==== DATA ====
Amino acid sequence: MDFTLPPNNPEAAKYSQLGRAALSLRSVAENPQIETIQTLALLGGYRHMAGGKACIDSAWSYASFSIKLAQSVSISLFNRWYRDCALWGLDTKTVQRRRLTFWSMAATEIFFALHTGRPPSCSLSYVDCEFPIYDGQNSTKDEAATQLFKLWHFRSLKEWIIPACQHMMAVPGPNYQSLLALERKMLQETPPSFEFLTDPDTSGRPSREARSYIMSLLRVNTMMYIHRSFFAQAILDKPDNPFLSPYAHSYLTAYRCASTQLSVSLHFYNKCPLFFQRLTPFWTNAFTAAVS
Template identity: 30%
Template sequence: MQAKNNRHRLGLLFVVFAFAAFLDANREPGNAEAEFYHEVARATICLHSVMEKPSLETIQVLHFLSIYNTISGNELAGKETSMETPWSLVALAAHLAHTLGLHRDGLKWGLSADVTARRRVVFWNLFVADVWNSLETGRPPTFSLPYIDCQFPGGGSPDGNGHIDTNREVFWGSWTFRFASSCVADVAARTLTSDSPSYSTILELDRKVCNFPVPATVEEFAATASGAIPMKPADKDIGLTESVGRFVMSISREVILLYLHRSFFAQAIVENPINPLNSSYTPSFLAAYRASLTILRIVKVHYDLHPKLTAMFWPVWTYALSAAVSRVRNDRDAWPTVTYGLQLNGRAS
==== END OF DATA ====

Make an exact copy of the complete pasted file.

Amino acid sequence: MDFTLPPNNPEAAKYSQLGRAALSLRSVAENPQIETIQTLALLGGYRHMAGGKACIDSAWSYASFSIKLAQSVSISLFNRWYRDCALWGLDTKTVQRRRLTFWSMAATEIFFALHTGRPPSCSLSYVDCEFPIYDGQNSTKDEAATQLFKLWHFRSLKEWIIPACQHMMAVPGPNYQSLLALERKMLQETPPSFEFLTDPDTSGRPSREARSYIMSLLRVNTMMYIHRSFFAQAILDKPDNPFLSPYAHSYLTAYRCASTQLSVSLHFYNKCPLFFQRLTPFWTNAFTAAVS
Template identity: 30%
Template sequence: MQAKNNRHRLGLLFVVFAFAAFLDANREPGNAEAEFYHEVARATICLHSVMEKPSLETIQVLHFLSIYNTISGNELAGKETSMETPWSLVALAAHLAHTLGLHRDGLKWGLSADVTARRRVVFWNLFVADVWNSLETGRPPTFSLPYIDCQFPGGGSPDGNGHIDTNREVFWGSWTFRFASSCVADVAARTLTSDSPSYSTILELDRKVCNFPVPATVEEFAATASGAIPMKPADKDIGLTESVGRFVMSISREVILLYLHRSFFAQAIVENPINPLNSSYTPSFLAAYRASLTILRIVKVHYDLHPKLTAMFWPVWTYALSAAVSRVRNDRDAWPTVTYGLQLNGRAS